Reggio di Calabria Mini Guide
The city is found right on the toe of Italy and looks across the Strait of Messina to Sicily. It’s the second oldest city in Italy and almost exclusively grows bergamot oranges to provide 80% of the world’s supply of bergamot oil. It is the most celebrated viewing point for a ‘fata morgana’ a particularly strong mirage.
The city was founded in 720BC by the Etruscans and it became an important city allied to Rome who eventually absorbed it into the Roman Empire, finally becoming part of the Byzantine Empire. The city was badly damaged in an earthquake in 1783 but worse was to come when 25,000 died in the earthquake of 1908 and many of the survivors were caught up in the ensuing tsunami which sent 40 feet waves crashing towards the fleeing citizens.
Most people visiting Reggio di Calabria arrive at Ravagnese Airport, 3 miles south of the city. Flights arrive there from Rome
. Other people arrive by train from Milan, Rome and Naples alighting at the Stazione Centrali. Budget airline fans can fly Ryanair or easyJet into Lamezia Terme Airport 70 miles to the north.
The main attraction for tourists are the Riace bronzes which are two life-sized bronze statues of Greek warriors which were discovered by accident in the Riace Marina. In the city you should also visit the cathedral which is the largest religious building in Calabria. Outside of the city climb Aspromonte to visit the national park and marvel at the view over the Strait of Messina.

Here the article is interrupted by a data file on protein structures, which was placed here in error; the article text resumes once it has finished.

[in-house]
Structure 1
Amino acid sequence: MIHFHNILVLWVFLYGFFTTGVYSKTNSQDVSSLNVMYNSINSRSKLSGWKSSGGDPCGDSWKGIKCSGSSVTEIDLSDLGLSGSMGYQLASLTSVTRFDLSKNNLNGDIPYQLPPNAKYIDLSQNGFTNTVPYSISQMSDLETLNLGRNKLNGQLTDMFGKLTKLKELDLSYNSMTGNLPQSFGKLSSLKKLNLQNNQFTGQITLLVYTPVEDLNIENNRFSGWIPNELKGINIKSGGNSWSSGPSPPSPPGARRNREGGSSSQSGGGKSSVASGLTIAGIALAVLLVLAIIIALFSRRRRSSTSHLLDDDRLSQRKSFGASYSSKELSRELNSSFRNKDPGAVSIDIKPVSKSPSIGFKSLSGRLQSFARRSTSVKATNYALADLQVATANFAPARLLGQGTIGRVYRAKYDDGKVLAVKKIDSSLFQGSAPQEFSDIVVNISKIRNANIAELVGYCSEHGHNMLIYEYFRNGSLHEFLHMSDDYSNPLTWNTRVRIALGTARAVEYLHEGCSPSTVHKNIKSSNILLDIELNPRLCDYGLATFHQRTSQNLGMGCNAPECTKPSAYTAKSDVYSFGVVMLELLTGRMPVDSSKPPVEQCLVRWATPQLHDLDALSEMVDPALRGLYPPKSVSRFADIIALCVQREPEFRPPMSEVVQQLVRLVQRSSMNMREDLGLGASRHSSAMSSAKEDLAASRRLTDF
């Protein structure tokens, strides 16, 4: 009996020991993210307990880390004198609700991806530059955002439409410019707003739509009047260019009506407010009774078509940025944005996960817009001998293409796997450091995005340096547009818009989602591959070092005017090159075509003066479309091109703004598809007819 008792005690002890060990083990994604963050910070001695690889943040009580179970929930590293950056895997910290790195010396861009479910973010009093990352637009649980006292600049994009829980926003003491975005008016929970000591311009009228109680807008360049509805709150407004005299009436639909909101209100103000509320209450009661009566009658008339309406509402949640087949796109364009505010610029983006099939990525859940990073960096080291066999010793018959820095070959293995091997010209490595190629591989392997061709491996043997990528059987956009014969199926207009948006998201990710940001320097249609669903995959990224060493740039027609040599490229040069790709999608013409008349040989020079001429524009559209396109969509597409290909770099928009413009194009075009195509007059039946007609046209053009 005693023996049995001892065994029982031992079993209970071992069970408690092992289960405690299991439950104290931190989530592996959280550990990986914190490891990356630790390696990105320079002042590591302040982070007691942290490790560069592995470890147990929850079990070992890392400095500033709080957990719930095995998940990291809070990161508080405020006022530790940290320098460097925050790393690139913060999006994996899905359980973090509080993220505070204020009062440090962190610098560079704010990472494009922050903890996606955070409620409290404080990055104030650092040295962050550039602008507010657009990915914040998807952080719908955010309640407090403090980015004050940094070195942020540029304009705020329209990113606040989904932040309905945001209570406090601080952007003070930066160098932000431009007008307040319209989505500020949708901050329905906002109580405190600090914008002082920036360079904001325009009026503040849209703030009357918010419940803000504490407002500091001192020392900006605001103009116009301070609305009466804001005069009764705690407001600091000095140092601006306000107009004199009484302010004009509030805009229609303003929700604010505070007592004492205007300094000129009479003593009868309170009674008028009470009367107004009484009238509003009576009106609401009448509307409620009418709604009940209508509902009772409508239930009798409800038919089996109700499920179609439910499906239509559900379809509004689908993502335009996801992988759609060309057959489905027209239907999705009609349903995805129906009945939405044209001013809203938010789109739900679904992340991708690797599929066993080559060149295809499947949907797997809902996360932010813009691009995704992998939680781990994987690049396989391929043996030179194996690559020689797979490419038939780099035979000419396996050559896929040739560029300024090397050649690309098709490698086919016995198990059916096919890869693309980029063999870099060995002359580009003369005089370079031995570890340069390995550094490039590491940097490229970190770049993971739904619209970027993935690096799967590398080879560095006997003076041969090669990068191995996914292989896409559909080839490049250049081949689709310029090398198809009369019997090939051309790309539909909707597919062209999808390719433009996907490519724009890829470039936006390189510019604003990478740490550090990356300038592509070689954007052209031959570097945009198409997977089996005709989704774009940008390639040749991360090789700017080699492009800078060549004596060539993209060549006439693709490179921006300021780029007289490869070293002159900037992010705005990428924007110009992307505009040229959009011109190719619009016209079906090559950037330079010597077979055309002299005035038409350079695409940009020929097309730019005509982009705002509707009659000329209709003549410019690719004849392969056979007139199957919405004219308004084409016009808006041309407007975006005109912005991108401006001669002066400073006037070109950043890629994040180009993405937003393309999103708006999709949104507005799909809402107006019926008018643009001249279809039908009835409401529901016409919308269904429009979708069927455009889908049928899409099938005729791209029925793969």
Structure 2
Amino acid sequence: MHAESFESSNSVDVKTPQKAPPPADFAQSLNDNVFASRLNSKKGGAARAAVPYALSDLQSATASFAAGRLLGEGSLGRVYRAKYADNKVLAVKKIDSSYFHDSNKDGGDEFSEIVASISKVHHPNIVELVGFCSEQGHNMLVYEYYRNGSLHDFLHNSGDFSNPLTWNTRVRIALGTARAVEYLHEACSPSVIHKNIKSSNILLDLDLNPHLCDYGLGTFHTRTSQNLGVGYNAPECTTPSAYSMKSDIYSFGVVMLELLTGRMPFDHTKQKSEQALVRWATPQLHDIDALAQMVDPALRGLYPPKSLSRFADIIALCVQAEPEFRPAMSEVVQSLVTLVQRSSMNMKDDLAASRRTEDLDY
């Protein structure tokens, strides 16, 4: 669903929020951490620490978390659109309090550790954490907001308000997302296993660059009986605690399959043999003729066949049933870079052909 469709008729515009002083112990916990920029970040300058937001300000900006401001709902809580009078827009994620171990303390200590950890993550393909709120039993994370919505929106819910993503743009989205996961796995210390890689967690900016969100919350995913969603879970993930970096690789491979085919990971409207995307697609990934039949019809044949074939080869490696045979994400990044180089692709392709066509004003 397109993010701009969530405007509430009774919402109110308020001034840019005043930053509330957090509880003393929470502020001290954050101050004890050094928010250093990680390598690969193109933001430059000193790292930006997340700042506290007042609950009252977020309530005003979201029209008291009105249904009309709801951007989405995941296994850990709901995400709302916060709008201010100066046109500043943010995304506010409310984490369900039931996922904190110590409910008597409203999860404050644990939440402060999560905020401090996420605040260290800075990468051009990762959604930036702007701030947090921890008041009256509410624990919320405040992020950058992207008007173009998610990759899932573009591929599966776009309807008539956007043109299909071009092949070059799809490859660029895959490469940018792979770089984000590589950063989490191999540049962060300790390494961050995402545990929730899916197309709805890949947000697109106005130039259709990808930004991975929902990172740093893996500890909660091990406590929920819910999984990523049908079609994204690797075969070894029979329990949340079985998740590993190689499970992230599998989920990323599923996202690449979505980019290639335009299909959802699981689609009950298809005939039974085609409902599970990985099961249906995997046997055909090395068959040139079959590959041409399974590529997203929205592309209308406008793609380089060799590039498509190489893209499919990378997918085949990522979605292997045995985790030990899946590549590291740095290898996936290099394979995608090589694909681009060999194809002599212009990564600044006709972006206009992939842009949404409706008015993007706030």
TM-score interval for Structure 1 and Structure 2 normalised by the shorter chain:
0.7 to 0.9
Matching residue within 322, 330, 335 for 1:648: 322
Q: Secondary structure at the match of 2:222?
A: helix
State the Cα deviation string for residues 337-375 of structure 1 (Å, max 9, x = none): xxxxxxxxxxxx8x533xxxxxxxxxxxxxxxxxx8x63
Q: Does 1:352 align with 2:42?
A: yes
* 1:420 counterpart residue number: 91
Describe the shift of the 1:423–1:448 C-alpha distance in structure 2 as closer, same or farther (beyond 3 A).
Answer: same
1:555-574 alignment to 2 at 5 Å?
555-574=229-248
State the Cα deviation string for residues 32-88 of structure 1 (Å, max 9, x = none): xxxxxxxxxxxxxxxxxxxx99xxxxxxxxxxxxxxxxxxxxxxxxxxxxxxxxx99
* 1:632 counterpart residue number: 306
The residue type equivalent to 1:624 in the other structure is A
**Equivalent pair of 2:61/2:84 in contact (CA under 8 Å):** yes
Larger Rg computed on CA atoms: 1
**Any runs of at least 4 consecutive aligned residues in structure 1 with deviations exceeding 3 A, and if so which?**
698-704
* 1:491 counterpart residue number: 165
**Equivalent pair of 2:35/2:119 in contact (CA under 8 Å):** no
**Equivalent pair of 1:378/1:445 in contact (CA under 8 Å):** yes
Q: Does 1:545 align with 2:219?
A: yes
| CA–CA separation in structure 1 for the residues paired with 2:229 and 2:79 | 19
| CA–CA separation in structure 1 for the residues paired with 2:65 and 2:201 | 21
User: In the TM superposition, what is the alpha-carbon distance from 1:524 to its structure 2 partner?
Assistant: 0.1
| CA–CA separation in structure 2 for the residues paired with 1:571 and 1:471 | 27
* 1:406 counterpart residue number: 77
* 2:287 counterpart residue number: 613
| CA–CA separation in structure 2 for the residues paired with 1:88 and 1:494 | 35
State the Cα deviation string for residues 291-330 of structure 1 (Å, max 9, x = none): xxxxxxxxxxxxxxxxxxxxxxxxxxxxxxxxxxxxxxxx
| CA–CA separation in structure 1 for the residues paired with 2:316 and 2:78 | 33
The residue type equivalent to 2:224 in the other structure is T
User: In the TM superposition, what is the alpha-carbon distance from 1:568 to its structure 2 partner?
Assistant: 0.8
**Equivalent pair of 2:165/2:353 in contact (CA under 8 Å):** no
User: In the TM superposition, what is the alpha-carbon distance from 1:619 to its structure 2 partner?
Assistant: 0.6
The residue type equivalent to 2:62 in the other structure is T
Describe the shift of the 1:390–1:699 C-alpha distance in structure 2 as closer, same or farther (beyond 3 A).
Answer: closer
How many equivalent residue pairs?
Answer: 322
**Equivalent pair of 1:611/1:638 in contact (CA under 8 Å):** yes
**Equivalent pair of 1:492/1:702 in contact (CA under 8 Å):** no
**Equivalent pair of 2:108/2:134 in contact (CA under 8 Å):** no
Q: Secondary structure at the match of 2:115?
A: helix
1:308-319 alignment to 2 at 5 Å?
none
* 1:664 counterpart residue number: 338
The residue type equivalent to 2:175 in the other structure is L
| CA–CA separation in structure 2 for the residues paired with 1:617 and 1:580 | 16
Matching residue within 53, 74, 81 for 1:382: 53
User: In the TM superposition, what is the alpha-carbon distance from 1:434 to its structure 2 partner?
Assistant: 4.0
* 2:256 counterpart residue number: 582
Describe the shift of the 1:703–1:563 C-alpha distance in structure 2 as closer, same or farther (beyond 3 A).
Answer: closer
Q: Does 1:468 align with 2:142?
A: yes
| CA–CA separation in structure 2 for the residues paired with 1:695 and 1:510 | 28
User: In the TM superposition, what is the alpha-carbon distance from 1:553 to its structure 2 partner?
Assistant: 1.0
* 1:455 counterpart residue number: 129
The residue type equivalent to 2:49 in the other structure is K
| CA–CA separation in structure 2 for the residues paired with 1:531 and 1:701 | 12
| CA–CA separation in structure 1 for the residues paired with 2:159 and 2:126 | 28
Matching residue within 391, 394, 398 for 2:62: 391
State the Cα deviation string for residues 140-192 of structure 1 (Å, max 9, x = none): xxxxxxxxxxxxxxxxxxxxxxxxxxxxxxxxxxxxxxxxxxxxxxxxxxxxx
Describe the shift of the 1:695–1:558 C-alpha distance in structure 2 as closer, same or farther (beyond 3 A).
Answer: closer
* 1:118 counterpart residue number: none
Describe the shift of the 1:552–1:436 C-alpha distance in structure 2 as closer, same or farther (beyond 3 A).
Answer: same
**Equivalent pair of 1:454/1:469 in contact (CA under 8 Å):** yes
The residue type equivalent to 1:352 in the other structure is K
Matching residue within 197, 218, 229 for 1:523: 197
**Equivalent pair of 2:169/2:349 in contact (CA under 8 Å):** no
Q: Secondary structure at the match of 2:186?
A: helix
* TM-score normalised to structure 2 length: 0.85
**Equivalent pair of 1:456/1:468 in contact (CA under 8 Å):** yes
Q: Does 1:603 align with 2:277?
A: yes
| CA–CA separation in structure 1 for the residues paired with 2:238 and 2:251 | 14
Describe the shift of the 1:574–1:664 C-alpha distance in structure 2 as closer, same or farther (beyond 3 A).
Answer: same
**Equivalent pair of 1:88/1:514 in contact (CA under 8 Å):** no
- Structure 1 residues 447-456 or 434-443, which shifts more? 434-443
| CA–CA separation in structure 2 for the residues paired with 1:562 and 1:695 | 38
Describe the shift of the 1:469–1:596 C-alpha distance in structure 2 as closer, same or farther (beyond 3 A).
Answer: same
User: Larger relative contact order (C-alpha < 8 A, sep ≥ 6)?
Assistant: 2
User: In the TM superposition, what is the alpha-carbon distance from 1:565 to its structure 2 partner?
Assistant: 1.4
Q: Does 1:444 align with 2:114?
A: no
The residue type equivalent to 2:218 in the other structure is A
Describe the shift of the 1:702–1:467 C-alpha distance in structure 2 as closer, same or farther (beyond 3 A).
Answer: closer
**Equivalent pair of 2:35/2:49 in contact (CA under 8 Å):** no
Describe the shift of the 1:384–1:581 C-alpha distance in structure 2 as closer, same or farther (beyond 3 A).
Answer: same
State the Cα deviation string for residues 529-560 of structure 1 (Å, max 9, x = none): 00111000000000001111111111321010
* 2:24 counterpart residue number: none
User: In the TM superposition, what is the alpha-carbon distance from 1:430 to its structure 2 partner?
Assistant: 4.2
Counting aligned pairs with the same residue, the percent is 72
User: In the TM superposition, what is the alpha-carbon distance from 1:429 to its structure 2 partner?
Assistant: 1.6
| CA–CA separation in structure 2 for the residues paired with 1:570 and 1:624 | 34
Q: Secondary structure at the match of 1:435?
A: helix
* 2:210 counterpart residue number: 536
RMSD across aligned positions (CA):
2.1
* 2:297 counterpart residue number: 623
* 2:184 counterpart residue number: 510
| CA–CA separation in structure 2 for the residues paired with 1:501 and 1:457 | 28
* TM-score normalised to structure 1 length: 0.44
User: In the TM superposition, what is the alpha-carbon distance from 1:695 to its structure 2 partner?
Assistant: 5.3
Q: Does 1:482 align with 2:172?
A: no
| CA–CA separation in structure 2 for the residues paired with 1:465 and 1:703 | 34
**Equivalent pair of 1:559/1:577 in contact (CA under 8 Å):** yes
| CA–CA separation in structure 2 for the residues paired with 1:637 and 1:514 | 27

If you tire of life in the city, take a ferry over the strait of Messina to visit Sicily which was once part of the kingdom of Naples. Another unusual excursion is to visit Mount Etna, climb its slopes and look down at the crater from which great destruction has been wreaked over the centuries.
During the day you can mingle with the locals and pay a Euro to swim a the Lido Communale and in the evenings watch a show at Calabria’s Teatro Communale, the largest theatre in the region, which seats up to 1,500 people.
Shopping in Reggio will see you discovering fine Italian fashion – this was the birth place of Versace- or purchasing beautiful Italian leather handbags. For a souvenir to take home for family and friends try a bottle of local Bergamotto liqueur.
Reggio is full of wonderful places to eat and drink. Two establishments that are popular with the locals are; Momo, where English and Italian drinkers and diners mingle to practise their language skills. For a more formal meal, try the euphemistically named ‘Cordon Bleu’ which serves take away food but in the style of fine cuisine. Here the ‘waiters’ dress in black tie and dinner jackets to serve you burgers and chips, hot dogs and pizza.
As with all major Italian towns and cities, religion plays a large part in town festivals and Reggio is no exception. There during Holy Week you can expect street processions, fireworks, song and dance with the performance repeated weeks later at the time of Ascension.
Reggio Calabria is at the furthest south westerly point of mainland Italy. It’s a beautiful and very ancient city surrounded by farms that seem to have changed little over the centuries. Take your hire car down to the port to witness the landing of the day’s catch in the harbour.
Mount Etna isn’t far from there and its slopes dominate the skyline. Tourists go to see the ancient Greek bronzes called the Riace Bronzes which are found in a museum dedicated to the time when Reggio was an important Byzantine city.
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